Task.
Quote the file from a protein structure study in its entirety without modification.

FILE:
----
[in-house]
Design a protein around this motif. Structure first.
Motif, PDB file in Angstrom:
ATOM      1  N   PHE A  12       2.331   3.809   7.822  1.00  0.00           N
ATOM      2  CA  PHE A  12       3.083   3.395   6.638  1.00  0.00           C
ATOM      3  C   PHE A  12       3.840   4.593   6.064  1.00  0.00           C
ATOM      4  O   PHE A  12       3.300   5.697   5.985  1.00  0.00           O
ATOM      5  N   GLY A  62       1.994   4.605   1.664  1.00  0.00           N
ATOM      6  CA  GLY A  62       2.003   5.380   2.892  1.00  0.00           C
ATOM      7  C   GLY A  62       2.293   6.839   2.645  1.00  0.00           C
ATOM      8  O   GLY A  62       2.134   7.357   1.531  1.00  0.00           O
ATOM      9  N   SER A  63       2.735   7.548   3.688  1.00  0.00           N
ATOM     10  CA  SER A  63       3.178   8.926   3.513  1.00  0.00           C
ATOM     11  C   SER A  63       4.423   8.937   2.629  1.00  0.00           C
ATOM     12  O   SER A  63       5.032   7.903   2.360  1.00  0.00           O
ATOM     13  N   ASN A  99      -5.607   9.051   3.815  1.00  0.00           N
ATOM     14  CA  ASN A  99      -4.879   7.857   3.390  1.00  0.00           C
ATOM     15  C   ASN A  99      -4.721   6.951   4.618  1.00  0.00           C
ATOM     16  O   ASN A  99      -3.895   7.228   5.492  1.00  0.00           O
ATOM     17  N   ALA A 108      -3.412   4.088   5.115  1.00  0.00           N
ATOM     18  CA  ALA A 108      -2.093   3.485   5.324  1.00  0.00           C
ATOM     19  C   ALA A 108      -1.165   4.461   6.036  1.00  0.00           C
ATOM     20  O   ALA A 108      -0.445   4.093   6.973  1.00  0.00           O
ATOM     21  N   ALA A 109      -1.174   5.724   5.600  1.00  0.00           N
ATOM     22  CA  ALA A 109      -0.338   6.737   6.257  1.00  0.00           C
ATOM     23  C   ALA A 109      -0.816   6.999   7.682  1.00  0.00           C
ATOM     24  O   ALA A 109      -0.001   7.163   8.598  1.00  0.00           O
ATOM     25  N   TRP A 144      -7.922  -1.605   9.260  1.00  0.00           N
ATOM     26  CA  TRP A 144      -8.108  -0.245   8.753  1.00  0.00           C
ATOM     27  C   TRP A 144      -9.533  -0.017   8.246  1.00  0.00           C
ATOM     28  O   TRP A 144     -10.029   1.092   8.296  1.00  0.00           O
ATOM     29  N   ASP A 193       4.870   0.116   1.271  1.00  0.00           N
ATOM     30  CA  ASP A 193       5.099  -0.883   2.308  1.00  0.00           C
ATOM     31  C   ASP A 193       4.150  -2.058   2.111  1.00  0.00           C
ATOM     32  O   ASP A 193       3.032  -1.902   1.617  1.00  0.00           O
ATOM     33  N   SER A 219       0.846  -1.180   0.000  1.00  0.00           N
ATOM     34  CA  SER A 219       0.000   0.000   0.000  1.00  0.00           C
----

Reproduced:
[in-house]
Design a protein around this motif. Structure first.
Motif, PDB file in Angstrom:
ATOM      1  N   PHE A  12       2.331   3.809   7.822  1.00  0.00           N
ATOM      2  CA  PHE A  12       3.083   3.395   6.638  1.00  0.00           C
ATOM      3  C   PHE A  12       3.840   4.593   6.064  1.00  0.00           C
ATOM      4  O   PHE A  12       3.300   5.697   5.985  1.00  0.00           O
ATOM      5  N   GLY A  62       1.994   4.605   1.664  1.00  0.00           N
ATOM      6  CA  GLY A  62       2.003   5.380   2.892  1.00  0.00           C
ATOM      7  C   GLY A  62       2.293   6.839   2.645  1.00  0.00           C
ATOM      8  O   GLY A  62       2.134   7.357   1.531  1.00  0.00           O
ATOM      9  N   SER A  63       2.735   7.548   3.688  1.00  0.00           N
ATOM     10  CA  SER A  63       3.178   8.926   3.513  1.00  0.00           C
ATOM     11  C   SER A  63       4.423   8.937   2.629  1.00  0.00           C
ATOM     12  O   SER A  63       5.032   7.903   2.360  1.00  0.00           O
ATOM     13  N   ASN A  99      -5.607   9.051   3.815  1.00  0.00           N
ATOM     14  CA  ASN A  99      -4.879   7.857   3.390  1.00  0.00           C
ATOM     15  C   ASN A  99      -4.721   6.951   4.618  1.00  0.00           C
ATOM     16  O   ASN A  99      -3.895   7.228   5.492  1.00  0.00           O
ATOM     17  N   ALA A 108      -3.412   4.088   5.115  1.00  0.00           N
ATOM     18  CA  ALA A 108      -2.093   3.485   5.324  1.00  0.00           C
ATOM     19  C   ALA A 108      -1.165   4.461   6.036  1.00  0.00           C
ATOM     20  O   ALA A 108      -0.445   4.093   6.973  1.00  0.00           O
ATOM     21  N   ALA A 109      -1.174   5.724   5.600  1.00  0.00           N
ATOM     22  CA  ALA A 109      -0.338   6.737   6.257  1.00  0.00           C
ATOM     23  C   ALA A 109      -0.816   6.999   7.682  1.00  0.00           C
ATOM     24  O   ALA A 109      -0.001   7.163   8.598  1.00  0.00           O
ATOM     25  N   TRP A 144      -7.922  -1.605   9.260  1.00  0.00           N
ATOM     26  CA  TRP A 144      -8.108  -0.245   8.753  1.00  0.00           C
ATOM     27  C   TRP A 144      -9.533  -0.017   8.246  1.00  0.00           C
ATOM     28  O   TRP A 144     -10.029   1.092   8.296  1.00  0.00           O
ATOM     29  N   ASP A 193       4.870   0.116   1.271  1.00  0.00           N
ATOM     30  CA  ASP A 193       5.099  -0.883   2.308  1.00  0.00           C
ATOM     31  C   ASP A 193       4.150  -2.058   2.111  1.00  0.00           C
ATOM     32  O   ASP A 193       3.032  -1.902   1.617  1.00  0.00           O
ATOM     33  N   SER A 219       0.846  -1.180   0.000  1.00  0.00           N
ATOM     34  CA  SER A 219       0.000   0.000   0.000  1.00  0.00           C